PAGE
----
But if I as an American Jewish woman will not tell my politicians that I am not down with the US supporting this course of action, then how should I expect them to have the political will to push harder on Israel?1
Knowing of course that the route from me sending an email and calling my elected officials to them being able to influence the choices of the Israeli state is mysterious and uncertain and my words are small and inconsequential and that I must say them anyways.
If you feel the same, and you are a US voter then I hope you too will contact your elected officials at every level and urge them to do everything they can to alleviate this disaster.
You can call your elected officials about how humans of all races and religions need water to drink without getting into arguments with your neighbors or your family members or everyone in your work slack or anyone at all on facebook or any other social network. I’m not asking you to argue, not asking you to sign a thing that will cause you to lose your job. I’m just saying, if you happen to want to tell your politicians you support their using whatever influence they have to, again, let’s just start with turning the water back on, you can just make a few phone calls and call it a day.
Of course, I obviously do not believe it is anti-Semitic for me to criticize the actions of the State of Israel just as I do not believe it is Islamophobic to criticize the actions of Hamas. I understand that some of my readers will likely feel differently, or will think I am excusing Hamas atrocities or enabling the antisemitic Left or not taking a strong enough stance against settler colonialism or not denouncing the Israeli state or not giving a full enough accounting of the entire history of the region which yes is complicated or speaking where I have no standing to speak or or or or. I can’t really help any of that.2
In this moment, one thing I do know is that a couple million Palestinians are running out of water (among other things) because of choices the State of Israel is making, and that means they will soon die, and I would like my government to pressure the Israeli government to do something else instead.3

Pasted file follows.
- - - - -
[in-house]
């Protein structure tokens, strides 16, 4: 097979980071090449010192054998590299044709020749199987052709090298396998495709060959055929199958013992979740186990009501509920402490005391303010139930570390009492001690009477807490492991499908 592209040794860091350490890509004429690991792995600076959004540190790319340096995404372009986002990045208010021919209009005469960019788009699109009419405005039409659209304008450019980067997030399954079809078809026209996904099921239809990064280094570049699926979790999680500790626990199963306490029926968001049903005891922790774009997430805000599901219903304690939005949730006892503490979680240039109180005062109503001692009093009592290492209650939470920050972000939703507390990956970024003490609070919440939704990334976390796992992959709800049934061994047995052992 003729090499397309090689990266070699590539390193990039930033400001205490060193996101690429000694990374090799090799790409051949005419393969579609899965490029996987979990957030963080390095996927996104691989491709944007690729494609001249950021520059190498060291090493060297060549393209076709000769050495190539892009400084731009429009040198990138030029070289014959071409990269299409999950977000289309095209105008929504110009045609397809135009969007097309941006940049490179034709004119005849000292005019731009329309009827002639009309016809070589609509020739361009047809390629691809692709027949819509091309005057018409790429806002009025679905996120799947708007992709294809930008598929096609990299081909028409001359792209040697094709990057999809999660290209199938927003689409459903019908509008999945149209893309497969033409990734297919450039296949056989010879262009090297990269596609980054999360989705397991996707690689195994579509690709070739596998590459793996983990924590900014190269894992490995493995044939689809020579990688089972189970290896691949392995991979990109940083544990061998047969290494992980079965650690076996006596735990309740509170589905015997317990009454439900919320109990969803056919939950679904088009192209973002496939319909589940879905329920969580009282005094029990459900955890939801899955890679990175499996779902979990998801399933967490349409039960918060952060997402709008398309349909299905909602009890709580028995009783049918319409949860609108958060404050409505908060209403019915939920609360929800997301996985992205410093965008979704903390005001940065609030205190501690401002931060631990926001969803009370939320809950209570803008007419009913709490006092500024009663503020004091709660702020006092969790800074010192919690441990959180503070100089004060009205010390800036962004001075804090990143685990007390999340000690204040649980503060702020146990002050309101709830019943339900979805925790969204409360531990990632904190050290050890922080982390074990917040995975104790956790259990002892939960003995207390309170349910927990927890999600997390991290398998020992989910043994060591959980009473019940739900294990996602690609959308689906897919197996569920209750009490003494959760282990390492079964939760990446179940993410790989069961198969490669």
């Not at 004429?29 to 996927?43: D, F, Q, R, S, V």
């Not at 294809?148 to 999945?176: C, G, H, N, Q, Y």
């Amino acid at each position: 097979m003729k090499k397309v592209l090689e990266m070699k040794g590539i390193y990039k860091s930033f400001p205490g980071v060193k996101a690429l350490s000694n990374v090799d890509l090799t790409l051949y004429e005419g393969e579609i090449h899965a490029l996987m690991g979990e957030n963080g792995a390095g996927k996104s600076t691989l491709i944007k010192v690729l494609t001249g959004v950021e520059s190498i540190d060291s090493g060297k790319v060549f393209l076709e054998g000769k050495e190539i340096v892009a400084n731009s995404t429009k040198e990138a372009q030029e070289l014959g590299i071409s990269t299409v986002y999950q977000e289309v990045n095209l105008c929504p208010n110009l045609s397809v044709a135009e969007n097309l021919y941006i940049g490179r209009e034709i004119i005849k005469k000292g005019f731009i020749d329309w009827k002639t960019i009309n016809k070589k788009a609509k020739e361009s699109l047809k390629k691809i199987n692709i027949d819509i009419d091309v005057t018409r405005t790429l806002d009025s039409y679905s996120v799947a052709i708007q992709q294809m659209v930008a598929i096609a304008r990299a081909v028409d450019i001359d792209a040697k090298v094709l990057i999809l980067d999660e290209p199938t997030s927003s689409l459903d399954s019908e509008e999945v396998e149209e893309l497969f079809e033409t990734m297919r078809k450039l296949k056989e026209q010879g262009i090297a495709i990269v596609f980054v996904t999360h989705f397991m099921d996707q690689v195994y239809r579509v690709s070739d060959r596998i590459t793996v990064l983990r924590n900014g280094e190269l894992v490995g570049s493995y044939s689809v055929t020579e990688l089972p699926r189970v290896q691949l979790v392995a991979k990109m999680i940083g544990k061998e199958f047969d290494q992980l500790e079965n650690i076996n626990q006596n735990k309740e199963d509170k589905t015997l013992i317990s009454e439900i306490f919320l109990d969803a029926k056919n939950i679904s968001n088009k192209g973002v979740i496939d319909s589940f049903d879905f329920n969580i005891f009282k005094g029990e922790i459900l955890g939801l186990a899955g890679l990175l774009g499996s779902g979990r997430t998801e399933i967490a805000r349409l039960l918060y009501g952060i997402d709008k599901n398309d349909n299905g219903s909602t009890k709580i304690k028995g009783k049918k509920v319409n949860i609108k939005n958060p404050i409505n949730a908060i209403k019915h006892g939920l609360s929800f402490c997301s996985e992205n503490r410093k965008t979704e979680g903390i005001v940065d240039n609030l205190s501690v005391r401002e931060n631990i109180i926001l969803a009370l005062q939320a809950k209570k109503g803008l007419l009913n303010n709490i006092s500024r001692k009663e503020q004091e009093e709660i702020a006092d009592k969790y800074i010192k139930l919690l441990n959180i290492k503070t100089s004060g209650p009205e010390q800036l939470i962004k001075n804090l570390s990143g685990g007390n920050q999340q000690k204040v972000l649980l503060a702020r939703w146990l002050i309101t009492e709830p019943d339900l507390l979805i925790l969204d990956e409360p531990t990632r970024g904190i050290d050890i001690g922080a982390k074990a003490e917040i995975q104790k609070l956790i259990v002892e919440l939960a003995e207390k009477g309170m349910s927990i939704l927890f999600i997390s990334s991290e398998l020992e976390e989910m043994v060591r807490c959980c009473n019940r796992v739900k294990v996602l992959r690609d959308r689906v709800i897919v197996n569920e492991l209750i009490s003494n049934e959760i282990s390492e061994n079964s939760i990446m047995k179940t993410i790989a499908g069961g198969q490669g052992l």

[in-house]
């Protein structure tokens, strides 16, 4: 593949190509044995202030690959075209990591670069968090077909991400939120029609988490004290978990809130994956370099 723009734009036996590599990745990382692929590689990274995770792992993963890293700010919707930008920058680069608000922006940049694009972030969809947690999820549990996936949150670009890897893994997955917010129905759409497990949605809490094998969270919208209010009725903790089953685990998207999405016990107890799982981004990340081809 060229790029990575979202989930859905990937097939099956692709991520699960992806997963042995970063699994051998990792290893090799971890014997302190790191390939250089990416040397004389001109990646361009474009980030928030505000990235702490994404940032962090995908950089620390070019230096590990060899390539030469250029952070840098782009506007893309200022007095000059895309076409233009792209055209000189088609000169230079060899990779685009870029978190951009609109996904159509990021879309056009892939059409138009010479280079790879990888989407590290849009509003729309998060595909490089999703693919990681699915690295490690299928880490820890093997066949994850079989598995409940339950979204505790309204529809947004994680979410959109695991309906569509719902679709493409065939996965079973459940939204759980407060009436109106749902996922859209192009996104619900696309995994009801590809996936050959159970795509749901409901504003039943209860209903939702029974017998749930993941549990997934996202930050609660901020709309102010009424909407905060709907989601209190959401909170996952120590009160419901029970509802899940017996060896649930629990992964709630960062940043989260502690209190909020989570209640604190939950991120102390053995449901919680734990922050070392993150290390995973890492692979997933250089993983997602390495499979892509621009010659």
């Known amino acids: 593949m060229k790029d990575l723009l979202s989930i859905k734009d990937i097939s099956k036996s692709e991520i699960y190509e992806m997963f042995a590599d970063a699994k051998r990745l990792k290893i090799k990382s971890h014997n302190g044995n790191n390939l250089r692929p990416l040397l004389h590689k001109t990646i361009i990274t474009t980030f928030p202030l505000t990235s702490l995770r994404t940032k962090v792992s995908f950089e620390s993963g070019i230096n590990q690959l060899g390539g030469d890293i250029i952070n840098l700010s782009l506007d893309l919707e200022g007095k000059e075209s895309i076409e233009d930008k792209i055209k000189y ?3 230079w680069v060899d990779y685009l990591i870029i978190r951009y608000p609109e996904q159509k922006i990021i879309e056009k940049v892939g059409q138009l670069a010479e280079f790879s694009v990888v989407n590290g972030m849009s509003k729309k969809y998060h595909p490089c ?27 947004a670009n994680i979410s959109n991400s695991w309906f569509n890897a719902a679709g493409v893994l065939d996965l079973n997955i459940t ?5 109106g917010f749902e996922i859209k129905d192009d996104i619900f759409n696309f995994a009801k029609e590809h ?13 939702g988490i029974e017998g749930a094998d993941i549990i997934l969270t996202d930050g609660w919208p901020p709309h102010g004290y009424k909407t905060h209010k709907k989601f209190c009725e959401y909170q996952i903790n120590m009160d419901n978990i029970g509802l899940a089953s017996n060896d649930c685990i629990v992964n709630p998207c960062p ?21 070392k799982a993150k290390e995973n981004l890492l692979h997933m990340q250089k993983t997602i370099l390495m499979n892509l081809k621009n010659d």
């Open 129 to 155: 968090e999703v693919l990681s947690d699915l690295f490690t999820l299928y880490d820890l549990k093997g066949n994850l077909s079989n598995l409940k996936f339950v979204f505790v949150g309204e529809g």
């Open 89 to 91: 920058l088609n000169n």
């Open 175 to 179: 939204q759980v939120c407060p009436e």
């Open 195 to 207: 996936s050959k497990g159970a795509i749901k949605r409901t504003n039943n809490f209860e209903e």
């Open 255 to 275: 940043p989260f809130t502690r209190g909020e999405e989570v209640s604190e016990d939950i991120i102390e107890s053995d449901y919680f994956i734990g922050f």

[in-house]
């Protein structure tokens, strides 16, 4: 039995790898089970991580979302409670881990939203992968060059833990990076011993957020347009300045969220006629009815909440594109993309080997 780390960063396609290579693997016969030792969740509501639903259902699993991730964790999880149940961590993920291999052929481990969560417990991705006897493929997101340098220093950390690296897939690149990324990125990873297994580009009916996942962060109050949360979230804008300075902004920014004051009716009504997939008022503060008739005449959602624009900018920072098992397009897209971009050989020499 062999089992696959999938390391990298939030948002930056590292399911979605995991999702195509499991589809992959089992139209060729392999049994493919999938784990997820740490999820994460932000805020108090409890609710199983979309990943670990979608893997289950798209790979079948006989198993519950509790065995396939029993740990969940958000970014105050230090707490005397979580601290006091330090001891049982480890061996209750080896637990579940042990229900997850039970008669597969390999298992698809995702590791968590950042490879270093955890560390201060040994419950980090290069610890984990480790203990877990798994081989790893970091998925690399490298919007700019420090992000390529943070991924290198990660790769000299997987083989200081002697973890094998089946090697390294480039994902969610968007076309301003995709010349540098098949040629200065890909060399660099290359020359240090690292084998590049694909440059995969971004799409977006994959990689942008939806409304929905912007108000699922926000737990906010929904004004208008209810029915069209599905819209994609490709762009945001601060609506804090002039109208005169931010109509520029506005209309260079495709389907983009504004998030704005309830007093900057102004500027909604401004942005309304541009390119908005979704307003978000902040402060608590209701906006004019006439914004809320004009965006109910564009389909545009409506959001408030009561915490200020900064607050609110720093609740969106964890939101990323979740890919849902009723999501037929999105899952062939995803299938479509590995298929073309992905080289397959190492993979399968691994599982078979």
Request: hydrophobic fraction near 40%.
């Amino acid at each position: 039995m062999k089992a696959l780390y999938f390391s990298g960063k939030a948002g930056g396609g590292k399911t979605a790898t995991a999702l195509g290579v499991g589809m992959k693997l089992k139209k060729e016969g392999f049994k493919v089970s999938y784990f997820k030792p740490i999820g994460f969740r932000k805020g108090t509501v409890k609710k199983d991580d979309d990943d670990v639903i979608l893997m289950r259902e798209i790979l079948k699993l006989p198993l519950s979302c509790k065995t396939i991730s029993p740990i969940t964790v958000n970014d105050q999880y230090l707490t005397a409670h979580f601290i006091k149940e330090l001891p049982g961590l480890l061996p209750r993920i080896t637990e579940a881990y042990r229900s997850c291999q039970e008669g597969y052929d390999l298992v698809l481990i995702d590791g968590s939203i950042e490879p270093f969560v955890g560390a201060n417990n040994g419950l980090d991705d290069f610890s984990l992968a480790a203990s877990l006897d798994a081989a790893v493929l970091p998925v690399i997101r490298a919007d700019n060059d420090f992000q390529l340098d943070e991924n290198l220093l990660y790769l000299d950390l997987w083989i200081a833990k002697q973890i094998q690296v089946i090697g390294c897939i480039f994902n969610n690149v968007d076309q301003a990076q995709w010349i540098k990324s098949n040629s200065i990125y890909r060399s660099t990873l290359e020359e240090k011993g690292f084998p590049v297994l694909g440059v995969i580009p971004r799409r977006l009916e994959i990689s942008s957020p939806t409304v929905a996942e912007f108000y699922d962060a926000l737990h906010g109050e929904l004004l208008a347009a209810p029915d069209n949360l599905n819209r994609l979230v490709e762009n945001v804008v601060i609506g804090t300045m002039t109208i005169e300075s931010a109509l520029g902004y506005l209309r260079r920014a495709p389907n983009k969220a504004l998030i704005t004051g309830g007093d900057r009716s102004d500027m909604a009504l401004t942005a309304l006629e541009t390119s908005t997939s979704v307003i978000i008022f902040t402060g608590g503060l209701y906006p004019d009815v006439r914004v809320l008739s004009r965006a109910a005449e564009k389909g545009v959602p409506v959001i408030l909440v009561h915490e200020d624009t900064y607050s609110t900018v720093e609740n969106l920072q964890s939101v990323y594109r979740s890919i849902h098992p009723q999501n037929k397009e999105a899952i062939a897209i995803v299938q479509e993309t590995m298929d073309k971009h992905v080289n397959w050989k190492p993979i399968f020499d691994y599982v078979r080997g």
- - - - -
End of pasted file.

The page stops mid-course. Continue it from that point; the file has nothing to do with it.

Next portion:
That’s all I have to say right now. Thanks for reading, and goodbye if this means goodbye.
but amy what about pressuring Hamas to release the hostages? YES, obviously, but I don’t think my government has as much leverage there and I’m also pretty sure they’re already working on that pretty hard.
there is an unsubscribe link at the bottom of this email. you can also write me back and tell me exactly why I’m wrong and bad, because of what I did or did not say, but I do not guarantee a timely (or possibly any) answer. I know some readers are probably hoping I will say more about Israel and Palestine because you care what I think and aren’t sure what to think yourselves, and I do have more thoughts and I will share them probably mostly by pointing you to other sources. But not today. Also if you think “but what about the terrible things the US did after September 11th in the name of fighting terrorists what did you have to say about that Amy??” I yelled about those wars and particularly about all the torture that was done in our name for YEARS and had a very active blog on the topic.
No, I don’t think turning the water back on in the south of Gaza is sufficient, which last I read the Israeli Energy minister said they were doing or would do, because I have looked at a map of Gaza, and I do not see how a million people can all at once get south to water in time to not die from lack of water, especially if they don’t have any water when they start trying to go south. Yes, I very much hope by the time you read this email they’ll have turned more of the water back on and that would be amazing. Then we can move on to how people also need to eat.